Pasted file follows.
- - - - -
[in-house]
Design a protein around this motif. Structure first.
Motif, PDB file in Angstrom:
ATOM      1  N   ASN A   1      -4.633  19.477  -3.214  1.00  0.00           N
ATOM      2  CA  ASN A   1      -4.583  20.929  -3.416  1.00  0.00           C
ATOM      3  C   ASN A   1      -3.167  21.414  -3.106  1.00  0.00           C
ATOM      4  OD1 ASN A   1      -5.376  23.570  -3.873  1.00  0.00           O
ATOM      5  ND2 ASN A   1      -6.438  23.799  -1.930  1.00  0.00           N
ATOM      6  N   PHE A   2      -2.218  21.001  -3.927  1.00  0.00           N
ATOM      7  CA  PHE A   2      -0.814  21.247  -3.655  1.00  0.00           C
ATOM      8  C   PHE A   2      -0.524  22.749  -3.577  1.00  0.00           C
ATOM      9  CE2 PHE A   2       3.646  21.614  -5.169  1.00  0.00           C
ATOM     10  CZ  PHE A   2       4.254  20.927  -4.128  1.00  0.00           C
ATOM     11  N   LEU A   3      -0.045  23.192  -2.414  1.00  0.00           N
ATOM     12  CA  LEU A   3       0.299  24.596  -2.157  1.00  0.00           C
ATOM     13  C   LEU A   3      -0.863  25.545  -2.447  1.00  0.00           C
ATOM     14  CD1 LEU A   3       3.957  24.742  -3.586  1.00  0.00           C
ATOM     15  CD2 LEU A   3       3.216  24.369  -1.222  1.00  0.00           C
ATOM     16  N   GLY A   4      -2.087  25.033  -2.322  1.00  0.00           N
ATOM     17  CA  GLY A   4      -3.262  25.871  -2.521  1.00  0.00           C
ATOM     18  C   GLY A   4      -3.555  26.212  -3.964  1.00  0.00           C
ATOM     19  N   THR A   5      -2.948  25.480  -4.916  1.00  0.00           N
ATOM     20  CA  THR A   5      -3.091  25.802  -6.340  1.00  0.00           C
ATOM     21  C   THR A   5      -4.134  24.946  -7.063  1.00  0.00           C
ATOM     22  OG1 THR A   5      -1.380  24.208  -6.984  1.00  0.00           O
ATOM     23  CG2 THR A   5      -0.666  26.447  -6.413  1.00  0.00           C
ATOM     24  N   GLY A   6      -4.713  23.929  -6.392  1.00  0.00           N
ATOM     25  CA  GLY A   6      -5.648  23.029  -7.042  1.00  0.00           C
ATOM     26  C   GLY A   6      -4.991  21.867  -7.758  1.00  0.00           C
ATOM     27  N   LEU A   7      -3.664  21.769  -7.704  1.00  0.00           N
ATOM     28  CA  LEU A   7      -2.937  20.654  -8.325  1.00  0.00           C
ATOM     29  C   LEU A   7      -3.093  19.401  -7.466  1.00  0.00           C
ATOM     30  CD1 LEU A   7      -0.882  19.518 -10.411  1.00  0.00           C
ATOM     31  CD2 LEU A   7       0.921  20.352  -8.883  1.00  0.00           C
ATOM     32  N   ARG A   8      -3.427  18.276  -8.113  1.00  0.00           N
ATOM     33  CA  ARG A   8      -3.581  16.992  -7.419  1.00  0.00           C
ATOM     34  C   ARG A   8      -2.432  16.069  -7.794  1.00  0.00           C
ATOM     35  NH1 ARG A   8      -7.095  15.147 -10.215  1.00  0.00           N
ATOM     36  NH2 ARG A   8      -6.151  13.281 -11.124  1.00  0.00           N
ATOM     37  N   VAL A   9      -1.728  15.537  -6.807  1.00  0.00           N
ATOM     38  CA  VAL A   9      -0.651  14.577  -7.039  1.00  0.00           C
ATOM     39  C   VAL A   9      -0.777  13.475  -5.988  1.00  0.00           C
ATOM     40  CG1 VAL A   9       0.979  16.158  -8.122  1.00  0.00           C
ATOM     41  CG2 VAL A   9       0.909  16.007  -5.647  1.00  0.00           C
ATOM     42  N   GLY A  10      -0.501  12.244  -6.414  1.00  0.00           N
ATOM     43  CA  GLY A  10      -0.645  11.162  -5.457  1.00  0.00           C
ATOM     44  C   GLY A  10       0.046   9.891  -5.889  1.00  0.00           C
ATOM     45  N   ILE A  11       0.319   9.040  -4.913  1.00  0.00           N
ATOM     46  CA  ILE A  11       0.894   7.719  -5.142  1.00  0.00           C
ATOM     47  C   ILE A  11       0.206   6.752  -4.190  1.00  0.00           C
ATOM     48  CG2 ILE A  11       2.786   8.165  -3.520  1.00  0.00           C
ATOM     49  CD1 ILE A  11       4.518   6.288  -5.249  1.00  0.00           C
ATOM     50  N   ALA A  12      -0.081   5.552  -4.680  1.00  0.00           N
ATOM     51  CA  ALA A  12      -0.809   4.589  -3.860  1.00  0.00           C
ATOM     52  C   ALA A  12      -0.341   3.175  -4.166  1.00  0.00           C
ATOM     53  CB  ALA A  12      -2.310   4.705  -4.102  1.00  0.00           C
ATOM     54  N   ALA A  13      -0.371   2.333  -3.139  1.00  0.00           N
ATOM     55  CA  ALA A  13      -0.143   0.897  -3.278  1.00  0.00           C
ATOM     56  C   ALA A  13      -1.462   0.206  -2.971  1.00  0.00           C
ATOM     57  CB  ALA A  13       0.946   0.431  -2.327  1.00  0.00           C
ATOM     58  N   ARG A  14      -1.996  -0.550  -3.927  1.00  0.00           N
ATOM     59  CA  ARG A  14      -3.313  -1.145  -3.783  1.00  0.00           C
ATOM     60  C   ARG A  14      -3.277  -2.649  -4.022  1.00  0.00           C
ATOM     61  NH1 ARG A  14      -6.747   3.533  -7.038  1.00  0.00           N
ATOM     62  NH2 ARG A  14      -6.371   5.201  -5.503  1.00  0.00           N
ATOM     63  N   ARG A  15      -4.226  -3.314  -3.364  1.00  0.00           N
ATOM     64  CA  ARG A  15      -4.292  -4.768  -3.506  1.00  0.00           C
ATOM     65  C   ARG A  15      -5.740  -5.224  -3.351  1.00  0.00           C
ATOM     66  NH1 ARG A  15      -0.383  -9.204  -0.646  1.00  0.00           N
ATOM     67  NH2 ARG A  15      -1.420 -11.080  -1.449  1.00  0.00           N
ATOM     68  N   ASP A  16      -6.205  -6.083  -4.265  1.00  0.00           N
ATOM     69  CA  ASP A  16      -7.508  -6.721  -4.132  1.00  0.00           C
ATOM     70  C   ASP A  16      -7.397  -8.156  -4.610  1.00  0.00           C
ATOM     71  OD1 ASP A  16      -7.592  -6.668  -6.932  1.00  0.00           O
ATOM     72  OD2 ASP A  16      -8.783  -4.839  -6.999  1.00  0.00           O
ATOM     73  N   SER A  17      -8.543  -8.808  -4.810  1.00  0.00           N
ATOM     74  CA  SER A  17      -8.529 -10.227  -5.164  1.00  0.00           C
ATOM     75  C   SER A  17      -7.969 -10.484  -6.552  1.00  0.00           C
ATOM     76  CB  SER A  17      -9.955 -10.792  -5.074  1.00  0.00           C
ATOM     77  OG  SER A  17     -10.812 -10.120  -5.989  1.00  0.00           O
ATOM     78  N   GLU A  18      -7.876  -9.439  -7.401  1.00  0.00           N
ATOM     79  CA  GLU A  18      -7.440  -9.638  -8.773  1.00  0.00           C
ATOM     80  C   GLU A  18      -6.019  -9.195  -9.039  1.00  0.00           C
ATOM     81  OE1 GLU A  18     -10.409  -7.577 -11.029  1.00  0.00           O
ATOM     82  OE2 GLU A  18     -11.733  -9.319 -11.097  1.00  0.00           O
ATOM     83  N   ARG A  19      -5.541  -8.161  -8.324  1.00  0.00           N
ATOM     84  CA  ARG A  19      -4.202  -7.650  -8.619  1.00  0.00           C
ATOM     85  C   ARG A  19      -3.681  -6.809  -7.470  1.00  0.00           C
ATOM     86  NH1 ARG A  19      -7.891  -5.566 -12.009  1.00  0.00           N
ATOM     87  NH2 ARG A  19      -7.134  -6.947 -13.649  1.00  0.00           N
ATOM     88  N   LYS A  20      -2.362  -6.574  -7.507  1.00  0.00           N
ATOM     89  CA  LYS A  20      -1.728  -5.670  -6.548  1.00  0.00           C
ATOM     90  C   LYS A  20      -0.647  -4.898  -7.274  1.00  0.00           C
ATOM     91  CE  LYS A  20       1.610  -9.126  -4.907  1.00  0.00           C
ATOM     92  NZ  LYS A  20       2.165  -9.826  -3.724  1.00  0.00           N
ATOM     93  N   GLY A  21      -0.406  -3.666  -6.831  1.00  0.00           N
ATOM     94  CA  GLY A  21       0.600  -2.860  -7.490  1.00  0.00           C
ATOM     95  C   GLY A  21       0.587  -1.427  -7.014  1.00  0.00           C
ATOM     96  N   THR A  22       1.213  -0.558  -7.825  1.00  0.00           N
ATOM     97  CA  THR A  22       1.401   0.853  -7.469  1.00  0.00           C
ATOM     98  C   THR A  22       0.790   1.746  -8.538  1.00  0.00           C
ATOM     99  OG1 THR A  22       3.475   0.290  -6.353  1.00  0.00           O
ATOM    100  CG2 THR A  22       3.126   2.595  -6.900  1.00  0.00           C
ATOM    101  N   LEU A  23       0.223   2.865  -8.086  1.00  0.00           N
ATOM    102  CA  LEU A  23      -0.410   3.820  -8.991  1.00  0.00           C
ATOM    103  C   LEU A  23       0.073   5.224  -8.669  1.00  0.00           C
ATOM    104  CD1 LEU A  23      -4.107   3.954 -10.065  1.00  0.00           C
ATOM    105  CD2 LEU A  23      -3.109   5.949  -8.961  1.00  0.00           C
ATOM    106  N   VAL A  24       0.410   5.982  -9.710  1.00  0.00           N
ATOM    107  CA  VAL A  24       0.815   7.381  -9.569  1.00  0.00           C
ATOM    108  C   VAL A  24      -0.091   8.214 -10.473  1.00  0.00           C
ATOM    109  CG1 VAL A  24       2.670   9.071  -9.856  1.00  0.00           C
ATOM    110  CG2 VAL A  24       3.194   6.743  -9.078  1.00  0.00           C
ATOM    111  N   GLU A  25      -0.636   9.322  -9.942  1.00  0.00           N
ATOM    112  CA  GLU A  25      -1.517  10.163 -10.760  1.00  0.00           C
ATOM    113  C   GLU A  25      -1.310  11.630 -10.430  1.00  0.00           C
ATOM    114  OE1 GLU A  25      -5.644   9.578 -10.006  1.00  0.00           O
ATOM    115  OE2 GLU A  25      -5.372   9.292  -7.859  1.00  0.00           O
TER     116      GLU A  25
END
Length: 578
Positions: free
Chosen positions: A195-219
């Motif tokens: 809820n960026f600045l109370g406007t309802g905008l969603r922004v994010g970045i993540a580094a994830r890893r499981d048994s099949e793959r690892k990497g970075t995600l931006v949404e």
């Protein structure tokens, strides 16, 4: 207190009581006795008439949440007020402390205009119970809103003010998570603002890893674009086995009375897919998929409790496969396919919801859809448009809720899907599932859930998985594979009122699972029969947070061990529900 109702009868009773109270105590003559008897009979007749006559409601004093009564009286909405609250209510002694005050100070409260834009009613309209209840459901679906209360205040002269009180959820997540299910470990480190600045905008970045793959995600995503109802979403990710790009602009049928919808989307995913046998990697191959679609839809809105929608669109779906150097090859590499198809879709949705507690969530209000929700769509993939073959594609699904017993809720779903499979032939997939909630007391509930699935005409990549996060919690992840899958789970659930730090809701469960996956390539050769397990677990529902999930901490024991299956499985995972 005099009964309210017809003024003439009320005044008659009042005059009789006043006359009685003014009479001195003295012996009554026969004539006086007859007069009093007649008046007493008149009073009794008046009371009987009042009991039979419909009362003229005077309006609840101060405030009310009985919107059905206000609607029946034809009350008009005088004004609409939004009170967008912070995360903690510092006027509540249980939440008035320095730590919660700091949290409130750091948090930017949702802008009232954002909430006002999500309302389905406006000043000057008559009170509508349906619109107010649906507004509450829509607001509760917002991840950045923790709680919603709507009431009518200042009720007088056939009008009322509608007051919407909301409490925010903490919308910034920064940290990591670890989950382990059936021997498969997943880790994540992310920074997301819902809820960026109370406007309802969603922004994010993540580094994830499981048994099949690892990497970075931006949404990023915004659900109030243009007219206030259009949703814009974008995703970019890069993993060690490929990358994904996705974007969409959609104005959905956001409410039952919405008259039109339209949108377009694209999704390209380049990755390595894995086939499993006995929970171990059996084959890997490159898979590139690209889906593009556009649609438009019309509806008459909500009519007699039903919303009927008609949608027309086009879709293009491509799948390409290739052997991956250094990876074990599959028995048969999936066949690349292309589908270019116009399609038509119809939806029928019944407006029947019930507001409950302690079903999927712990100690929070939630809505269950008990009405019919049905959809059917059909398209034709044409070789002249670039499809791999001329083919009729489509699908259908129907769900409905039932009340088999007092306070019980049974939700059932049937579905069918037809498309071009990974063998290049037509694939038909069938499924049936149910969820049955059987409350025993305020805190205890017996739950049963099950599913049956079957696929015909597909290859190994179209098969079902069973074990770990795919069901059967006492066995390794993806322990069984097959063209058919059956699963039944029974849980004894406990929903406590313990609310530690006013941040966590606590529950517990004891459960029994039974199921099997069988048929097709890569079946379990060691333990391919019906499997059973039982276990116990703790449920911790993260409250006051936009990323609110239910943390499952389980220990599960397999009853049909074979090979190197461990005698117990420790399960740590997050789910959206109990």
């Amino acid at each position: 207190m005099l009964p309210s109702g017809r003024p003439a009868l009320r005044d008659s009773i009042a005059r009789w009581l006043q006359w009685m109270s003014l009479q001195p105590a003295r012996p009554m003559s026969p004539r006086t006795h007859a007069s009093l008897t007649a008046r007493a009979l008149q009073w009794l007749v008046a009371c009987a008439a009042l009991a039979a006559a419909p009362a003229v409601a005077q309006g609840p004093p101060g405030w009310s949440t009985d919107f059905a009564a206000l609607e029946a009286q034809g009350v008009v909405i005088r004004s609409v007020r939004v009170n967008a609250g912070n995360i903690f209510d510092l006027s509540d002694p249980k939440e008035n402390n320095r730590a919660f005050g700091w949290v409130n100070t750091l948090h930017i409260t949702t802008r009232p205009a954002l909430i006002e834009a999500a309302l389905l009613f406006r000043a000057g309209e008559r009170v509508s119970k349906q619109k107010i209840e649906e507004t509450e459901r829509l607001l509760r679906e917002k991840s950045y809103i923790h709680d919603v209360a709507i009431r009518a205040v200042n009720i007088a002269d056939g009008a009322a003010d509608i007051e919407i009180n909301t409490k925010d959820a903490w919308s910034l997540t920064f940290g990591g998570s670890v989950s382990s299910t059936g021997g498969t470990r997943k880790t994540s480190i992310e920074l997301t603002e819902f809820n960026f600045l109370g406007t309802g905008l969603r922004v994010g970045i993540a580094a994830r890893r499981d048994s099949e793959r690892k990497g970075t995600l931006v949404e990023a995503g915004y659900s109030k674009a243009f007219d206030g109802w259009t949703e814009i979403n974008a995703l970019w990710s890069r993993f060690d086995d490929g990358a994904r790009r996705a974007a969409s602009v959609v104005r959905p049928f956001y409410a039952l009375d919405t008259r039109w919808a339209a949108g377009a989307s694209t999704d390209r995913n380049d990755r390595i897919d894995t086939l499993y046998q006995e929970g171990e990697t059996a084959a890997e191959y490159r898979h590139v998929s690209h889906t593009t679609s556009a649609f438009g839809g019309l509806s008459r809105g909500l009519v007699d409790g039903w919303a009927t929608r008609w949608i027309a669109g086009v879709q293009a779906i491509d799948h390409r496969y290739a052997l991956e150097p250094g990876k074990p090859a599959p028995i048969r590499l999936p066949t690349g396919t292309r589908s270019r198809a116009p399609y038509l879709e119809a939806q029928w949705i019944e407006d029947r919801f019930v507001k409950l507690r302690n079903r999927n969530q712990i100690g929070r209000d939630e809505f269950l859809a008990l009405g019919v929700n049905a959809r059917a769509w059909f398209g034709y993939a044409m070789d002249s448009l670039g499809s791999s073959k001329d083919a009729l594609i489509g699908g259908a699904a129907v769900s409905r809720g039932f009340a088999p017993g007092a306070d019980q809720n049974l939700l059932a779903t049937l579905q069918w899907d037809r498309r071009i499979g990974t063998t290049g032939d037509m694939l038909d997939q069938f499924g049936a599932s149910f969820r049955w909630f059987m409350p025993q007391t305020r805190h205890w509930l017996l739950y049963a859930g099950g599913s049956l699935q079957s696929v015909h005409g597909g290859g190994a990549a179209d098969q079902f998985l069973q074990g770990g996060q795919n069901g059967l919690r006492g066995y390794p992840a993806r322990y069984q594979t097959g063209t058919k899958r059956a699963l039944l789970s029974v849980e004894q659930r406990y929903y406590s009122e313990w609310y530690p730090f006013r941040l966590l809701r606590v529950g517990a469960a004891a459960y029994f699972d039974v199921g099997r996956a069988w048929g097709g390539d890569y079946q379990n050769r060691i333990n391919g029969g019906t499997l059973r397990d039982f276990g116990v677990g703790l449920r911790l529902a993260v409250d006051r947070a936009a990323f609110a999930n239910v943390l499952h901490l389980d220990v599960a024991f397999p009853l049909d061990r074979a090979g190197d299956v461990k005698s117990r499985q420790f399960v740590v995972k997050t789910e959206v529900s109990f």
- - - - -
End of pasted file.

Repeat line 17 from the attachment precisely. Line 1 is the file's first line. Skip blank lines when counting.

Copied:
ATOM     14  CD1 LEU A   3       3.957  24.742  -3.586  1.00  0.00           C